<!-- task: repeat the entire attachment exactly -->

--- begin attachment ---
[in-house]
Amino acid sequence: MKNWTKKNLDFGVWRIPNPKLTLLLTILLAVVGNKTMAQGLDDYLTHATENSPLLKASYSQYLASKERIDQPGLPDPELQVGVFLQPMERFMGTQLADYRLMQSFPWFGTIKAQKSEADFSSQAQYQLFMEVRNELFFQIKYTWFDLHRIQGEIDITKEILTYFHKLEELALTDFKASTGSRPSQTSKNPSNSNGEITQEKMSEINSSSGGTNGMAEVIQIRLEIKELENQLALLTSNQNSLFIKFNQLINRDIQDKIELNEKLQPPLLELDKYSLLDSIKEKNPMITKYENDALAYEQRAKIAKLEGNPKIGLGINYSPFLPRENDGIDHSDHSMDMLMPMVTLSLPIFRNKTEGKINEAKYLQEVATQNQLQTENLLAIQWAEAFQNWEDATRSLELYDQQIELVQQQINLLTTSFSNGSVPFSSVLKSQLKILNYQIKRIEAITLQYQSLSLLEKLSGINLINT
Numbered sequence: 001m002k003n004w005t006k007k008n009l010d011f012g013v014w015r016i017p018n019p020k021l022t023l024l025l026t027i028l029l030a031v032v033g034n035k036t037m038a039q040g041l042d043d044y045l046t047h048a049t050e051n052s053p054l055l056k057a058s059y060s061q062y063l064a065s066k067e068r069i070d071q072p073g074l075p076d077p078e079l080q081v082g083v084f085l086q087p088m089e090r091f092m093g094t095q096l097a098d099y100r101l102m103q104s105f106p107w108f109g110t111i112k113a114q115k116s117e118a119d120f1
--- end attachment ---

[in-house]
Amino acid sequence: MKNWTKKNLDFGVWRIPNPKLTLLLTILLAVVGNKTMAQGLDDYLTHATENSPLLKASYSQYLASKERIDQPGLPDPELQVGVFLQPMERFMGTQLADYRLMQSFPWFGTIKAQKSEADFSSQAQYQLFMEVRNELFFQIKYTWFDLHRIQGEIDITKEILTYFHKLEELALTDFKASTGSRPSQTSKNPSNSNGEITQEKMSEINSSSGGTNGMAEVIQIRLEIKELENQLALLTSNQNSLFIKFNQLINRDIQDKIELNEKLQPPLLELDKYSLLDSIKEKNPMITKYENDALAYEQRAKIAKLEGNPKIGLGINYSPFLPRENDGIDHSDHSMDMLMPMVTLSLPIFRNKTEGKINEAKYLQEVATQNQLQTENLLAIQWAEAFQNWEDATRSLELYDQQIELVQQQINLLTTSFSNGSVPFSSVLKSQLKILNYQIKRIEAITLQYQSLSLLEKLSGINLINT
Numbered sequence: 001m002k003n004w005t006k007k008n009l010d011f012g013v014w015r016i017p018n019p020k021l022t023l024l025l026t027i028l029l030a031v032v033g034n035k036t037m038a039q040g041l042d043d044y045l046t047h048a049t050e051n052s053p054l055l056k057a058s059y060s061q062y063l064a065s066k067e068r069i070d071q072p073g074l075p076d077p078e079l080q081v082g083v084f085l086q087p088m089e090r091f092m093g094t095q096l097a098d099y100r101l102m103q104s105f106p107w108f109g110t111i112k113a114q115k116s117e118a119d120f1